Dublin launch at Irish Writers Centre

You can find further details about the Dublin launch on the Irish Writers Centre website here.

Guest speakers and book signing on the night!

Talkin' Squirrel Blues

See you there for a dash of Flann O’Brien with a splash of Muddy Waters.

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Book launch at 23 Seats

And finally, the big night arrived…

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The Wild Weather Blues were in the air. But despite predictions of snowmageddon, a large crowd of family and friends turned out for the launch of Talking’ Squirrel Blues at 23 Seats in Dundalk this evening.

A huge word of thanks to everyone who showed up and made it such a memorable evening. And thanks also to everyone who sent messages of support and encouragement on social media.

Here’s the speech I gave, introducing the book and setting it in context. I’ll upload a video of the event in the coming days.

In the meantime, it’s only words…

“Welcome everybody! I’d like to thank you all for coming out on such a cold evening. Be sure to get some warm beverages into you!

Let me begin by thanking Alan and Ulrika for providing the venue tonight here at 23 Seats. As you may know, they have hosted book launches in the past. Indeed, they are doing their bit to create a literary café society here in Dundalk to rival the culture of Vienna in 1890s, Paris in 1920s, New York in 1960s, or even Ardee in the 1980s.

And of course my contribution to world literature is the reason we’re all here tonight. Welcome to the official launch of Talkin’ Squirrel Blues, a surreal comedy novel about love, life and blues music.

This novel had its origins a few years ago when I, like the main character in the book, was walking into work in Dublin. As I made my way down a deserted early-morning suburban street, a rustling in the fallen leaves ahead of me caught my attention.  Out of the leaves popped a squirrel, full of business and merrily getting on with its day. I didn’t have much excitement in my life in those days, so my immediate thought was “Wow! Today I saw a squirrel walking into to work.” Then I corrected myself. A squirrel walking into work? That didn’t sound right. The squirrel wasn’t walking into work, obviously. Or was he? With this slightly sleepy thought, the germ of a story idea was planted in my brain.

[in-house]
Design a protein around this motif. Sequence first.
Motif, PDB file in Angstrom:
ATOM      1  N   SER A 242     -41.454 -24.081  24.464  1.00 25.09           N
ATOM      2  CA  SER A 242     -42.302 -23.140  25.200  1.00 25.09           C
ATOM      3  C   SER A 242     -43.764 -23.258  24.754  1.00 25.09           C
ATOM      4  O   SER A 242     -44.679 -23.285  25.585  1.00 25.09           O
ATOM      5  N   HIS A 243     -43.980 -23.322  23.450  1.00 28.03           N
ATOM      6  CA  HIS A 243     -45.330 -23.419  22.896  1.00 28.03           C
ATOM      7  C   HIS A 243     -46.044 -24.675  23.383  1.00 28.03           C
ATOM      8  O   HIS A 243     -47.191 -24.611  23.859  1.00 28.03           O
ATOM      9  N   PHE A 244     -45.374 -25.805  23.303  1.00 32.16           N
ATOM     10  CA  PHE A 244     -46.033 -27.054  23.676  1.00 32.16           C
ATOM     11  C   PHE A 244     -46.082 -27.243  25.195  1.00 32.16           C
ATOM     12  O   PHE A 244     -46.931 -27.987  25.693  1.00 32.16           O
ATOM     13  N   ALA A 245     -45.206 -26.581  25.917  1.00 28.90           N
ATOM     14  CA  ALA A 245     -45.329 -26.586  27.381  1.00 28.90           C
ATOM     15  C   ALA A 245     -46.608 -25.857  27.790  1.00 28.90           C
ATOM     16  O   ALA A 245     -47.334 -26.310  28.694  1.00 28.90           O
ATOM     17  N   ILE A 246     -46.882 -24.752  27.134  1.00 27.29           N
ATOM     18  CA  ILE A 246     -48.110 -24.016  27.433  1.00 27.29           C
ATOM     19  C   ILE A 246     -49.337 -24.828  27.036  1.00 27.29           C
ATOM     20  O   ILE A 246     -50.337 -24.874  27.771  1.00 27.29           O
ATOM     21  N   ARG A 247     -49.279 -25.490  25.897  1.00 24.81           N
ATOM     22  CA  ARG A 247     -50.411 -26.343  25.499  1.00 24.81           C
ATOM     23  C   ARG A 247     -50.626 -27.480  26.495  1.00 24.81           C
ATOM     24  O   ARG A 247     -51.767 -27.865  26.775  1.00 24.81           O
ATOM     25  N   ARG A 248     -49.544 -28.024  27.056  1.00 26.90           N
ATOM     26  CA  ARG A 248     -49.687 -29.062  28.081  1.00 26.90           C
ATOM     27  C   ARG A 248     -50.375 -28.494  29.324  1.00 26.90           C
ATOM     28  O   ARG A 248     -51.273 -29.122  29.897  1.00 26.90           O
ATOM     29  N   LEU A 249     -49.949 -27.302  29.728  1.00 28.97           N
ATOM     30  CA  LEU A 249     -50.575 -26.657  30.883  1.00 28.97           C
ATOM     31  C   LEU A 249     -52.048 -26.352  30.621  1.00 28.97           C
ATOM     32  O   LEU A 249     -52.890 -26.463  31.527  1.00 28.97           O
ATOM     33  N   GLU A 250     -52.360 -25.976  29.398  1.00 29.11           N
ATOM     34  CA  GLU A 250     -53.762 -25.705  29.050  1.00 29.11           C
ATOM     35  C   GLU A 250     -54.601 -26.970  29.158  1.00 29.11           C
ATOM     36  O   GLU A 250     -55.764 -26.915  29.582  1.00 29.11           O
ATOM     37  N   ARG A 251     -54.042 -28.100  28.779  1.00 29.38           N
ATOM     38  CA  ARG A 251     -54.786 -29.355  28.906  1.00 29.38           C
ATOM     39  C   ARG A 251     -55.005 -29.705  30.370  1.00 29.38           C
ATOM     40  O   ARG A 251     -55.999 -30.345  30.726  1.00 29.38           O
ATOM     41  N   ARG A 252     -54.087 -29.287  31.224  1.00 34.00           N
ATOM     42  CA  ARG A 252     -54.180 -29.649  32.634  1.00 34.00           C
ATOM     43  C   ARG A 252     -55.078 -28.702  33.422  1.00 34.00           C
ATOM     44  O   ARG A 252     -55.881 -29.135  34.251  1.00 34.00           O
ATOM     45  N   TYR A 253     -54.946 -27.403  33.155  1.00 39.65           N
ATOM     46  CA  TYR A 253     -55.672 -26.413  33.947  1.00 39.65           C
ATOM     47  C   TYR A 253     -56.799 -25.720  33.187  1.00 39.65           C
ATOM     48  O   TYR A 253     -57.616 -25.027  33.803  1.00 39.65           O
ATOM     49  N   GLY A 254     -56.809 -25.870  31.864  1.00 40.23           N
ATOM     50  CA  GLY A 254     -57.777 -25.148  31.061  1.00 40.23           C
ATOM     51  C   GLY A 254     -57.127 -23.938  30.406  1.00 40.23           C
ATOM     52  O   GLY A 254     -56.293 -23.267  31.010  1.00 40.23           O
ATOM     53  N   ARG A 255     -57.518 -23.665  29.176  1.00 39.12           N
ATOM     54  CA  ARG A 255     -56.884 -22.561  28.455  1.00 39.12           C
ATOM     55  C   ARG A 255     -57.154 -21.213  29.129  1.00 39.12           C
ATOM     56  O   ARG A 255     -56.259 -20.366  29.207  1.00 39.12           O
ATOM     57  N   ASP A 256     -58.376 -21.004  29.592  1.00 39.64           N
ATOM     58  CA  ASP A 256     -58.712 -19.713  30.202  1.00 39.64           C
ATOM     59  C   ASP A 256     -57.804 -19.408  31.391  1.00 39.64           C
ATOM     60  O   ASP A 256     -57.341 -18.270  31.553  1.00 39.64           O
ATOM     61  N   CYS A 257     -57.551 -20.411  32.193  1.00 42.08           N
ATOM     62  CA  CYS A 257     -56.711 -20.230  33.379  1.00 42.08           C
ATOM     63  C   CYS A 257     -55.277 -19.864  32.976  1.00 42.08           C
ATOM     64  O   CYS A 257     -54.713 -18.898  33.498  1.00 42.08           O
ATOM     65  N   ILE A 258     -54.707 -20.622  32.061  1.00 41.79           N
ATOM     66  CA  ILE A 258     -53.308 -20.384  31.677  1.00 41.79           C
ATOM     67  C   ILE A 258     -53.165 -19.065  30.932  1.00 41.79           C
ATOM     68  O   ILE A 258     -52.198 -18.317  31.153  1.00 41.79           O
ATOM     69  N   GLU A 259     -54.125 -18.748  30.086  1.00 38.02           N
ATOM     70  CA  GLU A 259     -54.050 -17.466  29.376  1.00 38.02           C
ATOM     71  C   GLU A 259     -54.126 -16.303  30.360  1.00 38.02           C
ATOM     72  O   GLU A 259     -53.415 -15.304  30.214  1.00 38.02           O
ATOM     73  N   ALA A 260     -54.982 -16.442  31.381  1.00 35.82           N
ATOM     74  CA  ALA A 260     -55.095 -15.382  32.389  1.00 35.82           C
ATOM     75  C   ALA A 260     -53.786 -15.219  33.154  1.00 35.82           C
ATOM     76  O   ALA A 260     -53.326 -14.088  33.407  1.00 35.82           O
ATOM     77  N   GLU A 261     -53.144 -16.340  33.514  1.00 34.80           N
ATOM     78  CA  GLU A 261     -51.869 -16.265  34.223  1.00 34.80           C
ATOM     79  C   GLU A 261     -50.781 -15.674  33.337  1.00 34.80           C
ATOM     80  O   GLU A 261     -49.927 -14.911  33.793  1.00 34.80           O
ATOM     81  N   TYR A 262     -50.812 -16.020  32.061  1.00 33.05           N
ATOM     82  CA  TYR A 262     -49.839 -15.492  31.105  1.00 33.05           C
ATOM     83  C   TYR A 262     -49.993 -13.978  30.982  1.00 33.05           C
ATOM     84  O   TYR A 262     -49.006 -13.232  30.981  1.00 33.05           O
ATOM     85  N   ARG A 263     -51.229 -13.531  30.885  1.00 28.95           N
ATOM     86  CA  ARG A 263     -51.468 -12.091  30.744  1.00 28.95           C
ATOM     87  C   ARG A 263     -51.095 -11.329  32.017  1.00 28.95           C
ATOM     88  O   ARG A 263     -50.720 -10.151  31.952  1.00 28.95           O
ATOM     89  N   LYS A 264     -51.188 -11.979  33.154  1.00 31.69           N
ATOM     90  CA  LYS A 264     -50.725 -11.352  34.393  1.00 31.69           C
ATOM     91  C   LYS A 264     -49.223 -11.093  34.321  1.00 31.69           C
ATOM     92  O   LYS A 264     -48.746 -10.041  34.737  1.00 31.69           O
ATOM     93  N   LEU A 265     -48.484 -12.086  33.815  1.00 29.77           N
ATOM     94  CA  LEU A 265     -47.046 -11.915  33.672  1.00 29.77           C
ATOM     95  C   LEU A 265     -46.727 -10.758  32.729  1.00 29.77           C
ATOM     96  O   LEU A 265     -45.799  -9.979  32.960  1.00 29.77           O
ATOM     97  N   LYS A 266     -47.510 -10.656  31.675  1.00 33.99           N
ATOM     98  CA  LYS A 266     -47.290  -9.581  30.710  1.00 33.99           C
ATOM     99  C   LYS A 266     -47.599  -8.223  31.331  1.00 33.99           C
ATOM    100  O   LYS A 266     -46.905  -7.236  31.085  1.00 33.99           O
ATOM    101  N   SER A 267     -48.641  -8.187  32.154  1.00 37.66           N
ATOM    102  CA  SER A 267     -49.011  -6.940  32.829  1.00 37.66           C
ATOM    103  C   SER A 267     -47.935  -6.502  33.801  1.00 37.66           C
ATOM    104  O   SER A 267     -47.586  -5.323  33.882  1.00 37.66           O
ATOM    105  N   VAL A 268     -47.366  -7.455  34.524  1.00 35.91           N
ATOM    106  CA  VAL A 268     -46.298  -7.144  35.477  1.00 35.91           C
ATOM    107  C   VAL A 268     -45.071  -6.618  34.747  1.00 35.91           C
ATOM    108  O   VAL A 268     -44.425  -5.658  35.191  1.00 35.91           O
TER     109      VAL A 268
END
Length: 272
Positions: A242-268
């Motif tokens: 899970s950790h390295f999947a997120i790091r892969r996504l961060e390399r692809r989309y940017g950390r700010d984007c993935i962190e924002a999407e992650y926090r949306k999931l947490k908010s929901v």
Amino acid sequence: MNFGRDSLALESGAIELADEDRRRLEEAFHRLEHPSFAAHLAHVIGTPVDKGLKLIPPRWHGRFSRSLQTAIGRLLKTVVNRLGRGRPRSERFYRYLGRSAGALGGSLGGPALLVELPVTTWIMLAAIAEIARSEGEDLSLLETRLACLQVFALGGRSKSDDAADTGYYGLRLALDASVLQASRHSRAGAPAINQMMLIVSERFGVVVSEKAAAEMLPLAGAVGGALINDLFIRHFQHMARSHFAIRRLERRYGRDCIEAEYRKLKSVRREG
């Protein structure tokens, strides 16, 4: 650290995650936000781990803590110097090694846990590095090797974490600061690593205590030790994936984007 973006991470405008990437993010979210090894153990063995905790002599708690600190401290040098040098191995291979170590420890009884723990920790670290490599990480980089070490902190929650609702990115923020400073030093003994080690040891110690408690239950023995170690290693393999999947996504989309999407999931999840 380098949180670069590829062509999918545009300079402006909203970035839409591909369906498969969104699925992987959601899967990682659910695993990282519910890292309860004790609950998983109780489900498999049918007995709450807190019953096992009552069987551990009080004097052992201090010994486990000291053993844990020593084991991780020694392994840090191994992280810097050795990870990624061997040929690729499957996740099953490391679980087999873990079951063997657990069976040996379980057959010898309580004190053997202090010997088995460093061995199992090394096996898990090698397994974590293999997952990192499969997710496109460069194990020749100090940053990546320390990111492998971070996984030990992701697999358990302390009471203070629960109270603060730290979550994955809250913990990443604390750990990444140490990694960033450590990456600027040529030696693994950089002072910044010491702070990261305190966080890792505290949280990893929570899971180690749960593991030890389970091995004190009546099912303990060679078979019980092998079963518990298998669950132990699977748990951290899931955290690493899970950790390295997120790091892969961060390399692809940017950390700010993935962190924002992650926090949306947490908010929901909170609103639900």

I had been interested in creative writing for many years, since my school days in fact. Over the years, my parents patiently waited for me to become a best-selling millionaire author, a goal I’m still working on, word by word, letter by letter. But this was the first time I’d embarked on a novel. Having explored the traditional publishing route for a while, a few years ago I started to explore the growing world of ebooks and self-publishing. In 2013, I self-published A Blanket of Blues, a collection of short stories based on blues lyrics that I had written. In the character of Fingers Flaherty, a dead blues singer, I’d found a hook that I could hang other creative projects on as well. So, in 2014, I followed up the short story collection with Dimestore Avenue Blues, a novella. And then I felt that the time was right to return to that walking, talking squirrel I’d met in the suburbs.

As the book neared the target date for self-publishing, I found myself sitting in the cinema in Dundalk watching the Monty Python reunion show from London. Then something completely different happened. I got a phone call from Australia. My friend Colm wanted to know if I’d like to be godfather to his son Michael. Of course, I was delighted to be the godfather. You could say it was an offer that I couldn’t refuse. I had dedicated my novella to my goddaughter Faye, down in Co Wexford. And so this novel is dedicated to that very special little boy, Michael McGee, in Melbourne, who one day is going to grow up and read this book and realise that this father has some very strange friends in Ireland…